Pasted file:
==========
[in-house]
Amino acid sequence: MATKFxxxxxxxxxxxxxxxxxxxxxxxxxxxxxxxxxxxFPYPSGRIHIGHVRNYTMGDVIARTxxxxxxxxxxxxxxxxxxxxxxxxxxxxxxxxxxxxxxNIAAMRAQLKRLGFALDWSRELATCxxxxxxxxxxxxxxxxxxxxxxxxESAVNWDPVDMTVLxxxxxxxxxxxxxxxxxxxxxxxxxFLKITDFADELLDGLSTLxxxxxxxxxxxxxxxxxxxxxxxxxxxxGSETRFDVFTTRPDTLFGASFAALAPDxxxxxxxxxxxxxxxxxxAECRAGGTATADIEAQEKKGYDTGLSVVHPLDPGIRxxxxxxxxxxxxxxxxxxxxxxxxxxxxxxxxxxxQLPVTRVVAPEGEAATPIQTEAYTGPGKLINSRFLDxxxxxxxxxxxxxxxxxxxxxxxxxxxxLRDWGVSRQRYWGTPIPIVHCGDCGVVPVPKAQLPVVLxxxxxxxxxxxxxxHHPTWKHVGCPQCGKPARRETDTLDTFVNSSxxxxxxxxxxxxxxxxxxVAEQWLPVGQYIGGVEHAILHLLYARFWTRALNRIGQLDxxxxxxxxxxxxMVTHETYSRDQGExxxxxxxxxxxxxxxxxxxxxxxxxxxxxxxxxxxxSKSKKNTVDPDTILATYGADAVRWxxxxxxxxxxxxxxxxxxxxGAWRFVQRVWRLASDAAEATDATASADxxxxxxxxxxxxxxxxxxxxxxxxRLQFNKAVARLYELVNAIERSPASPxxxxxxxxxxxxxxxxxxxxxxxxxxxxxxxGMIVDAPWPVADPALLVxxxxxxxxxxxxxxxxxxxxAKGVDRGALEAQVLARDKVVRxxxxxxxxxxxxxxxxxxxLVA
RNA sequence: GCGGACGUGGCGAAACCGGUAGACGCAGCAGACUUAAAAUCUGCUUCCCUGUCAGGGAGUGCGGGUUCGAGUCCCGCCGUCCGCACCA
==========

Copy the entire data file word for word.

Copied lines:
[in-house]
Amino acid sequence: MATKFxxxxxxxxxxxxxxxxxxxxxxxxxxxxxxxxxxxFPYPSGRIHIGHVRNYTMGDVIARTxxxxxxxxxxxxxxxxxxxxxxxxxxxxxxxxxxxxxxNIAAMRAQLKRLGFALDWSRELATCxxxxxxxxxxxxxxxxxxxxxxxxESAVNWDPVDMTVLxxxxxxxxxxxxxxxxxxxxxxxxxFLKITDFADELLDGLSTLxxxxxxxxxxxxxxxxxxxxxxxxxxxxGSETRFDVFTTRPDTLFGASFAALAPDxxxxxxxxxxxxxxxxxxAECRAGGTATADIEAQEKKGYDTGLSVVHPLDPGIRxxxxxxxxxxxxxxxxxxxxxxxxxxxxxxxxxxxQLPVTRVVAPEGEAATPIQTEAYTGPGKLINSRFLDxxxxxxxxxxxxxxxxxxxxxxxxxxxxLRDWGVSRQRYWGTPIPIVHCGDCGVVPVPKAQLPVVLxxxxxxxxxxxxxxHHPTWKHVGCPQCGKPARRETDTLDTFVNSSxxxxxxxxxxxxxxxxxxVAEQWLPVGQYIGGVEHAILHLLYARFWTRALNRIGQLDxxxxxxxxxxxxMVTHETYSRDQGExxxxxxxxxxxxxxxxxxxxxxxxxxxxxxxxxxxxSKSKKNTVDPDTILATYGADAVRWxxxxxxxxxxxxxxxxxxxxGAWRFVQRVWRLASDAAEATDATASADxxxxxxxxxxxxxxxxxxxxxxxxRLQFNKAVARLYELVNAIERSPASPxxxxxxxxxxxxxxxxxxxxxxxxxxxxxxxGMIVDAPWPVADPALLVxxxxxxxxxxxxxxxxxxxxAKGVDRGALEAQVLARDKVVRxxxxxxxxxxxxxxxxxxxLVA
RNA sequence: GCGGACGUGGCGAAACCGGUAGACGCAGCAGACUUAAAAUCUGCUUCCCUGUCAGGGAGUGCGGGUUCGAGUCCCGCCGUCCGCACCA